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All in a days work
11/11/2009, Bermuda

For anyone keeping track of the weather here, it's been crap. The wind has been blowing 20 to 25 knots for the past few days. It's expected to be the same for another 2 days. Throw in the rain and it's a paradise. This morning we needed water and we need to take down the genoa but Ive been stern to the wind which makes the sail removal a bit of an under taking. Plus there is no hose at this end of the wharf. So in all this rain and wind, we moved the boat. Plus I was asked to move because a 70 foot boat wanted my space. The yard manager, Francis, who looks like the Marlboro man came by to help. I think he is a yachty who came to the island 30 years ago and never left. I suspect he wears his chaps at night.
So the boat is moved, head to wind this time and when the rain stops we can water up and westle the sail down.
In the mean time, I am still polishing fuel at a rate of about 60 gallons an hour. After 4 hours I get a pint of water. More polishng to do.
I remounted the toilet after consulting with Beckie to make sure the height is OK (She has a makeup mirror mounted at a certain height). So the toilet is now rock solid for the next crew. Wondered why I travel with an 8 foot piece of 1 inch angle We also replaced the float in the shower sump.
All in a days work.....So i guess now it's time for a nap.

11/13/2009 | Capt Walnut
Hi Alan. Hi Paul.

Glad you got the engine running. I have a set of good used injectors for a W60 that I could send. (Is yours a W60, or W58?) I just took my boat to a mechanic to see if I should replace mine, as they have been used for years, but he said to leave them alone. he also said he could "pop" test them for parrter for $20 each, so maybe we could do that to your old ones to see if they really need to be rebuilt (often over $100 each).

If you have time to kill, go to Hamilton, and find the wine bar. It is in a narrow alley extending up the hill from the ferry landing on the left, up and across from a very nice coffee shop. Very cool feel to the place. Take the commuter ferry if you can, it is more fun and much faster than the bus. Weekdays only.

skype me sometime.
Almost back to normal in Bermuda
11/10/2009, Bermuda

So, for those of you watching at home, what I learned yesterday was that water (sea or any other kind) and diesel injectors do not mix. After replacing the 4 injectors ( lucky i carry spares) the engine started right up. We were able to charge the batteries and get life on board back to something like normal.
I have sent the old ones back to the US to get rebuilt. They dont do injectors in Bermuda. To ship things out of here and then get them back in the country even for "yachts in transit" only takes a few stops at a few customs offices. Lucky they speak english here.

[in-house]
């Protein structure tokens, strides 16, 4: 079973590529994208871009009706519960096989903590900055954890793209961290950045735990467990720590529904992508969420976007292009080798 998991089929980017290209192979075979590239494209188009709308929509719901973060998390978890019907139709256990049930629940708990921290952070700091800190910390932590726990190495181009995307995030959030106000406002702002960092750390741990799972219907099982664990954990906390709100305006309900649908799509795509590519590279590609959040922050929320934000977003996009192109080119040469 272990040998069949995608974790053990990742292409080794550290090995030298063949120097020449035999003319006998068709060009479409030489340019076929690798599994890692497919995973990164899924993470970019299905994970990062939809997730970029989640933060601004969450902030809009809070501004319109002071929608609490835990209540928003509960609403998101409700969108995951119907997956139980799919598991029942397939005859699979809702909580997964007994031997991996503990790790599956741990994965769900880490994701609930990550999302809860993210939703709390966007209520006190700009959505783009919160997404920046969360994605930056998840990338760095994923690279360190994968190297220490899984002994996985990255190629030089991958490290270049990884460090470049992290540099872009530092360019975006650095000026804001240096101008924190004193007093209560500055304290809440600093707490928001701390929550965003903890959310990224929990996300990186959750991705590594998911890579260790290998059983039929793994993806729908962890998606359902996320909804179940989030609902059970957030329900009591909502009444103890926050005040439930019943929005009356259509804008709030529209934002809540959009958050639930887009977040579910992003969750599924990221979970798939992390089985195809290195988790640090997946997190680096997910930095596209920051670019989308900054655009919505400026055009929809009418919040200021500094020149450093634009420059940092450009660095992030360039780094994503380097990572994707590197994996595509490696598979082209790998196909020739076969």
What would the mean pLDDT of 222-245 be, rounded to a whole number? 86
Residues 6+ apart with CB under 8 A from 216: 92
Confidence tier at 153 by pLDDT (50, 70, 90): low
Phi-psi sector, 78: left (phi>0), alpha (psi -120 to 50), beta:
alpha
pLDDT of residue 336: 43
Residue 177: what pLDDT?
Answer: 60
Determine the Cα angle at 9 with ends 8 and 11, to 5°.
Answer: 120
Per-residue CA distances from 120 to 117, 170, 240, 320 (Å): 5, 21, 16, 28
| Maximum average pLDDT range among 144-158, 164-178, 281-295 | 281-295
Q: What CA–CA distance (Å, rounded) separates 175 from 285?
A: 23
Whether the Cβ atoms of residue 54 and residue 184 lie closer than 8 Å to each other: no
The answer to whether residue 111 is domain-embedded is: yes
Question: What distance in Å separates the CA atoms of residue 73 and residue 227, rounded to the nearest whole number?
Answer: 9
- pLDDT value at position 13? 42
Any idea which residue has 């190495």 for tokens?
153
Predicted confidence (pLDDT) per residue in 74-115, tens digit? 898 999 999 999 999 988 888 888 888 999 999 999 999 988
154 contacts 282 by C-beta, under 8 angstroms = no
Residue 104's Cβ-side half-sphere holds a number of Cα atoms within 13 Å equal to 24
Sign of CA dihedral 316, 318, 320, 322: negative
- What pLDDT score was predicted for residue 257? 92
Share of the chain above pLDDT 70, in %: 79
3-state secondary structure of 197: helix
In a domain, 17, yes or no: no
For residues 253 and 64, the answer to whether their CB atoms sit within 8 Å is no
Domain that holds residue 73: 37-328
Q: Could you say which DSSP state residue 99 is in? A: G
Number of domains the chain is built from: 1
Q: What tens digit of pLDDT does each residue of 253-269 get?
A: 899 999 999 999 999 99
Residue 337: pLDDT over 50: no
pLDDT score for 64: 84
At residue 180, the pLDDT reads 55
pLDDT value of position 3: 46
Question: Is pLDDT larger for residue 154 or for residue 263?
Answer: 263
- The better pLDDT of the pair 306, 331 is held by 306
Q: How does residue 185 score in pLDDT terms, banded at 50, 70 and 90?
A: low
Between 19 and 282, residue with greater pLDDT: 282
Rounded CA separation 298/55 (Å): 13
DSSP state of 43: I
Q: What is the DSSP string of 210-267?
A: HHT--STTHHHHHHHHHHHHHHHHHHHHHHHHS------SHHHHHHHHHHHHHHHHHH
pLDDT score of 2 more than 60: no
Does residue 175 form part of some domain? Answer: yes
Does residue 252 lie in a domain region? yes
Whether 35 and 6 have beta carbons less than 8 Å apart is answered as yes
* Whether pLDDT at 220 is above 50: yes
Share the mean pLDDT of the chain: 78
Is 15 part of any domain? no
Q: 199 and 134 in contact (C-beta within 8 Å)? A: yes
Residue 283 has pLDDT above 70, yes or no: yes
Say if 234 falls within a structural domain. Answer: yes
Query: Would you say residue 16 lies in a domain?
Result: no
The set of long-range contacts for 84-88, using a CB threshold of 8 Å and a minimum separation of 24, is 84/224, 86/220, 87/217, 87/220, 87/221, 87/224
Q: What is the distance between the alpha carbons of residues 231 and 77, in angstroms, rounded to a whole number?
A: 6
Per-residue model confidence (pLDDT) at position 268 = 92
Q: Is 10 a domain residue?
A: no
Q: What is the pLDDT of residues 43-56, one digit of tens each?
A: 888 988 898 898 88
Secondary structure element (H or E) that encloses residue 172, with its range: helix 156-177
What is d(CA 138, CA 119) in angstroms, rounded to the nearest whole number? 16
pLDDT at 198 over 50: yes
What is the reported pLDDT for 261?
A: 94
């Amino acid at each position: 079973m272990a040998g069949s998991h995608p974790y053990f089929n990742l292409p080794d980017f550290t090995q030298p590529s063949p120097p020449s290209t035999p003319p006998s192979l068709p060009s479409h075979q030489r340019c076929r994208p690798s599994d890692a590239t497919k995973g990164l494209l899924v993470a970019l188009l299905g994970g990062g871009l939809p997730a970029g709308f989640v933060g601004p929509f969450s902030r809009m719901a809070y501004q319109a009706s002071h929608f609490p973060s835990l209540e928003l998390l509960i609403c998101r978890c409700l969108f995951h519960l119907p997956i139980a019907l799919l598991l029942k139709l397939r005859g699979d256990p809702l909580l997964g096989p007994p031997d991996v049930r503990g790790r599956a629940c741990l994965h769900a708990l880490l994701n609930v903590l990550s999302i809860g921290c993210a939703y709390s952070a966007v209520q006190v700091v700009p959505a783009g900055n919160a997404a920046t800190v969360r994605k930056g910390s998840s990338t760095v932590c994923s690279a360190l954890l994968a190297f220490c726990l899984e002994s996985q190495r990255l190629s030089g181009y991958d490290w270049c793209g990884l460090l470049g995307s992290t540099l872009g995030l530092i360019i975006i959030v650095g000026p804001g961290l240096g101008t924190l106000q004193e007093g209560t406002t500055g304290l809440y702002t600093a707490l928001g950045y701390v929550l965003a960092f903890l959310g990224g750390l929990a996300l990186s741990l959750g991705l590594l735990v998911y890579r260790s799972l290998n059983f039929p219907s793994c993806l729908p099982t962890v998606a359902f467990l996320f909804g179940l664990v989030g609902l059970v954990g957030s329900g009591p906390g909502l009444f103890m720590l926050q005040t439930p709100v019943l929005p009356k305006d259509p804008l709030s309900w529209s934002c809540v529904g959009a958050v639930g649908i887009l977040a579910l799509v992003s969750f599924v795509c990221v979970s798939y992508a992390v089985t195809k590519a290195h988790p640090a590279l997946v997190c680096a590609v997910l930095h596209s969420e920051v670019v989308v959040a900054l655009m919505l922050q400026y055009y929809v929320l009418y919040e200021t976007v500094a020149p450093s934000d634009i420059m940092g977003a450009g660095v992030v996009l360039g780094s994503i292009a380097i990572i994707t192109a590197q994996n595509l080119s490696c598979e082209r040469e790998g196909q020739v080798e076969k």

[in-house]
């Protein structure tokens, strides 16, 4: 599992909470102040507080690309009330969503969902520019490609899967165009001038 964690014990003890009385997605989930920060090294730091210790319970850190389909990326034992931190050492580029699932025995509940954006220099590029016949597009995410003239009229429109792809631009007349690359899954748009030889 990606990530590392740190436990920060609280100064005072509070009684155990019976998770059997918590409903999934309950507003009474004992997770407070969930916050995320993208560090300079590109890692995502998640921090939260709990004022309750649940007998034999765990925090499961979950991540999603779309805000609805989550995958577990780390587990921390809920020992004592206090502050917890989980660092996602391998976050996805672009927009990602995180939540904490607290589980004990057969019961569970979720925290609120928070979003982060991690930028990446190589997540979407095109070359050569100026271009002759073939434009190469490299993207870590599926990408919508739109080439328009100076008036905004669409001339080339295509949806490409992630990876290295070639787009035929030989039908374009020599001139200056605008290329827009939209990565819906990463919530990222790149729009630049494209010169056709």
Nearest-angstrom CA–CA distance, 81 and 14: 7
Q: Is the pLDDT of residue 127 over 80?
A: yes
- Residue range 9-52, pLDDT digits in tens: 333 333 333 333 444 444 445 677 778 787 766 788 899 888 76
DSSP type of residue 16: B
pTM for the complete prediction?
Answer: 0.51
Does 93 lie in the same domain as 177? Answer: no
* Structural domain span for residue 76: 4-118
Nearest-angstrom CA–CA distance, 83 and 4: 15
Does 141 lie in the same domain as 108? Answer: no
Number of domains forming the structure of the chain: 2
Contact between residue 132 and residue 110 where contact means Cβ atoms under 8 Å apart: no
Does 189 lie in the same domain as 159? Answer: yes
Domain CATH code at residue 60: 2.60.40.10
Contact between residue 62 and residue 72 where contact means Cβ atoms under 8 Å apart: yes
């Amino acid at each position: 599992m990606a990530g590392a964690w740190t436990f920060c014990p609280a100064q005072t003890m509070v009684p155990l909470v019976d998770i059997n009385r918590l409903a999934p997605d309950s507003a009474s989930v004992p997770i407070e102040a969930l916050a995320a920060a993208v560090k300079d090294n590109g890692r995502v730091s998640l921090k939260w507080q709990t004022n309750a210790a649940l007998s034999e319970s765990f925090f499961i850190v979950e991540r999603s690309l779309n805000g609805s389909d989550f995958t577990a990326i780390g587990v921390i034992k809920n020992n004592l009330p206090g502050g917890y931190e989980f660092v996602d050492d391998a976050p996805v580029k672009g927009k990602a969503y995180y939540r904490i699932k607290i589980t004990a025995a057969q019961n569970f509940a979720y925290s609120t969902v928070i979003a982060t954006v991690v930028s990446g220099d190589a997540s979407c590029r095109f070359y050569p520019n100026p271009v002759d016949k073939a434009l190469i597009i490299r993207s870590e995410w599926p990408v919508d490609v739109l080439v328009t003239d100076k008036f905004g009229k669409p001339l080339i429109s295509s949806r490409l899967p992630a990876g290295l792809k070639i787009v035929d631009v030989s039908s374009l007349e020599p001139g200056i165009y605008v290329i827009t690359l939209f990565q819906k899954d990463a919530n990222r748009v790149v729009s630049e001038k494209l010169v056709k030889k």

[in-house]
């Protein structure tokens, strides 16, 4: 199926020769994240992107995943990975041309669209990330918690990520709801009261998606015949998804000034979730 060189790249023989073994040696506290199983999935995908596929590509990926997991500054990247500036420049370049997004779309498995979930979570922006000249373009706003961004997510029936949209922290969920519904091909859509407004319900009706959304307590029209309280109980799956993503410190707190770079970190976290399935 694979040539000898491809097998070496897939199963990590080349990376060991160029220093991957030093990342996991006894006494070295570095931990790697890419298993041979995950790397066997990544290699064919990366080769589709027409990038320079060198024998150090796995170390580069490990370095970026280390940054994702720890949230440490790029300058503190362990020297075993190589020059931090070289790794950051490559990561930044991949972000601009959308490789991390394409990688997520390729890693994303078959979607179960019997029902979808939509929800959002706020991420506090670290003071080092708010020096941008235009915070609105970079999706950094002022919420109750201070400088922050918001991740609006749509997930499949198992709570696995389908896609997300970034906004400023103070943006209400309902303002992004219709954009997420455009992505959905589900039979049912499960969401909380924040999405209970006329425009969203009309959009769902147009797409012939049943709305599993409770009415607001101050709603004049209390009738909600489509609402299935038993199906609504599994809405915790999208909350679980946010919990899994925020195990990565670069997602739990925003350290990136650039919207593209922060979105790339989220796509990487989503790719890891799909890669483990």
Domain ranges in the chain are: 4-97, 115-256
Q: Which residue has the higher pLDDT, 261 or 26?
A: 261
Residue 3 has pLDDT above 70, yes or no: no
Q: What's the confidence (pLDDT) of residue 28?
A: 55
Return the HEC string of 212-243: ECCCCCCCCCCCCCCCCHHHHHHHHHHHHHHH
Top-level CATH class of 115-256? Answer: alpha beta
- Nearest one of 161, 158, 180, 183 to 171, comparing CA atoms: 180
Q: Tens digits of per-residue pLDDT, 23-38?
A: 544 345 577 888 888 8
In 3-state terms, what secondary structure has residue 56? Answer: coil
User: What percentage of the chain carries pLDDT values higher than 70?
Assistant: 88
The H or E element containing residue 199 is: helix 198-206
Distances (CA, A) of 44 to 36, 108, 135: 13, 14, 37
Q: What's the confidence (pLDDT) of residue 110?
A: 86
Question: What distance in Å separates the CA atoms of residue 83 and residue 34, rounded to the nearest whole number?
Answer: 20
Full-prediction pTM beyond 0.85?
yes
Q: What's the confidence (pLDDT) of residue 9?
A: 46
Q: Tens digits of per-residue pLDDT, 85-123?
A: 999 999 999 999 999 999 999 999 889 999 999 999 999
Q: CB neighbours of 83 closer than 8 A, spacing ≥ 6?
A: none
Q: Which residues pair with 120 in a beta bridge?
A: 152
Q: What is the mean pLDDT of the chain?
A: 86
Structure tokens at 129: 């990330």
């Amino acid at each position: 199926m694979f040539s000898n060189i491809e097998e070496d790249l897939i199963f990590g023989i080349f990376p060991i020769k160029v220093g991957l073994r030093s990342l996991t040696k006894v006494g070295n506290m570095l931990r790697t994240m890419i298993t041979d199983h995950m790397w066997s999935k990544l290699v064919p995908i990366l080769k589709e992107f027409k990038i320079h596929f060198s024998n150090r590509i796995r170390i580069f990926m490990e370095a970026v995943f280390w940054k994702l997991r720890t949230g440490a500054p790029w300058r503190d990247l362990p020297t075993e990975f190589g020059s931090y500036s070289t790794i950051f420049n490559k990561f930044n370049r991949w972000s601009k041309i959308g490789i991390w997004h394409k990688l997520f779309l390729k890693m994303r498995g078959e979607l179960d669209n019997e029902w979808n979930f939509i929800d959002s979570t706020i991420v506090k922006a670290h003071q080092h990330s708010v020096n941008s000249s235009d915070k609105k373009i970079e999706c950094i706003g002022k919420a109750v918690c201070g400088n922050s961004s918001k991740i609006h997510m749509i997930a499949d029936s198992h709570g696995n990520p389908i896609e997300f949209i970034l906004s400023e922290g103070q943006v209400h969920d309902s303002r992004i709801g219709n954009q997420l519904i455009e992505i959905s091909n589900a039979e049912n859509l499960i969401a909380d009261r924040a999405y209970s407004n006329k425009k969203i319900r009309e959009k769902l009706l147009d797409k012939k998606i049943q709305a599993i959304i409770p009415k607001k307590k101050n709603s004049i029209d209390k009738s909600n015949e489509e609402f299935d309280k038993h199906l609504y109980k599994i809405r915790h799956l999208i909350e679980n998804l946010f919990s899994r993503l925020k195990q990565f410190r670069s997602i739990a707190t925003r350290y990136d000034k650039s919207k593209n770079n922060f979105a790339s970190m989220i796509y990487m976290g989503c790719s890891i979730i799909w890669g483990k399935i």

Trying to get the boat cleaned up and the diesel smell out of it. Fixing leaks i didnt know I had. It's not good for crew moral for them to find that half of the waves they have been pounding into on their 4 hour watch is in their bunks. I think that is fixed now. Next, to tackle the toilet and then get the Genoa repaired where the Sun cover has started to come off. I did get my laundry done today. Only 15 bucks for 2 loads. I think I may get that 5 gallon pail over at the hardware store.
Luckily for me Paul has taken over the cooking and I always have a hot cup of coffee and he's good company. He even made egg salad for lunch while i was in town this morning. what a guy. I have been able to concentrate getting the boat fixed.
We're starting to look at next weeks weather for the trip to St MArtin. It's about 800 miles due South. For all you sailors out there, which way is the wind forecasted to blow next week? It's not a trick question.
More when I know it....

11/10/2009 | Bob H
Hi Al

Glad to see you got the Iron Wind running. Have you been able to determine how the water got by the water separating filter (Racor)? Can you tell if the water in the fuel tanks is fresh (condensation/rain) or seawater? Is it possible for seawater to enter the tank vents (or get by the fill cap o-ring) in a seaway?

How is the generator installation going?

We enjoy following your adventure and hope your next leg is less "exciting".

Bob & Sue H
11/10/2009 | Paul Bryan
Alan, Glad to hear you're getting things back to normal. Wind and solar working? We read of a few boats that left the day after you did, where one turned back damaged, and the other hove to for 24 hrs. Must have been a fun ride.
Sunday in Bermuda
11/08/2009, Bermuda Harbour

Everybody has been asking for an update. We decided to move from the achorage along side a wall with large black tires on it. Not pretty, but I did not want to become a pinball if the weather turned nasty again. We've been sailing on and off the anchor enough times without recharging the windlass battery I was becoming concerned I might not be able to the next time. Trying to pick up 150 feet of chain in a blow and a 24000 lb boat would not be good for my back. So, the mechanic will be here Monday. I gave up trying to bleed the engine and wearing the batteries down and taking them to be charged and waiting around 3/4s of a day for them. Only problem is, the house bank is down to a little less the 12 volts and I have a freezer fuill of Beckies homestyle cooking in there for the next leg. So i am out trying to find another boat that has a portable generator. No joy so far. Erik leaves today. He's been a god send in terms of sailing around tight places with no engine. Has taught Paul and I a great deal. Good company besides. Otis from Sodus..... More when I know it. a

11/08/2009 | Mike Dwyer
Wow Alan,
Your usually the one fixing our boats, sorry for your problems. I guess the generator is not running yet.

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